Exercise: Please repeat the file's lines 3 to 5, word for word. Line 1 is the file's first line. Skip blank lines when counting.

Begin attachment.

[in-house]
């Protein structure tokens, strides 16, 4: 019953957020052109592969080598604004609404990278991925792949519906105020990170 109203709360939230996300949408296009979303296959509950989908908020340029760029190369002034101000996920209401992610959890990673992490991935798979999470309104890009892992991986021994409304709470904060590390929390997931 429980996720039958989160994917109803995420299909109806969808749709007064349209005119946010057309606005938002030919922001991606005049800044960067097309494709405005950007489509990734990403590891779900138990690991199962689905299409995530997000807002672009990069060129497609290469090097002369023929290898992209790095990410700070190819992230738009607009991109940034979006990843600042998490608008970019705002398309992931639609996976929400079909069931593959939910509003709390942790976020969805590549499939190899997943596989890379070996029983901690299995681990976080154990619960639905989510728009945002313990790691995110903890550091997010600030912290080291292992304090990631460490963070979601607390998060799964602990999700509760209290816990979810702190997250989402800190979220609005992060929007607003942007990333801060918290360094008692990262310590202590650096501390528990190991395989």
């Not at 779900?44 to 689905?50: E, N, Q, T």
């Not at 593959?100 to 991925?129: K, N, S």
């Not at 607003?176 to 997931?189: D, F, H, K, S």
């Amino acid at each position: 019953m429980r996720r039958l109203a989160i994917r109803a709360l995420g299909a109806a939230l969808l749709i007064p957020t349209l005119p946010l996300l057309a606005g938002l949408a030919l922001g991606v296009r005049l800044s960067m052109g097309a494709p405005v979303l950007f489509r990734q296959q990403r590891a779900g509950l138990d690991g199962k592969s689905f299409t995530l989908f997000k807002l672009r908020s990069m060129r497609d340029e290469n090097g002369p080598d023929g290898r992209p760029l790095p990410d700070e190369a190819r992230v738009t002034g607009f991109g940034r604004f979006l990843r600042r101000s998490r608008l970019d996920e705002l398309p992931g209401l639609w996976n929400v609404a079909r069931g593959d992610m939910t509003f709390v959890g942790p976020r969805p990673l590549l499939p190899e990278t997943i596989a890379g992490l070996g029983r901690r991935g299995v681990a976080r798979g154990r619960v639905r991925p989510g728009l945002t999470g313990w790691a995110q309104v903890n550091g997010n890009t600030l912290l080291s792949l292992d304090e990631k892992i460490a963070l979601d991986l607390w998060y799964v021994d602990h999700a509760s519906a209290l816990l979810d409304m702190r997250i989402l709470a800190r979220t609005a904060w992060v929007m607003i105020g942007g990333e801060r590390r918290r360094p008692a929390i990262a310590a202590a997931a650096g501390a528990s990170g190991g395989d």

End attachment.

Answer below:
């Not at 779900?44 to 689905?50: E, N, Q, T």
């Not at 593959?100 to 991925?129: K, N, S």
């Not at 607003?176 to 997931?189: D, F, H, K, S």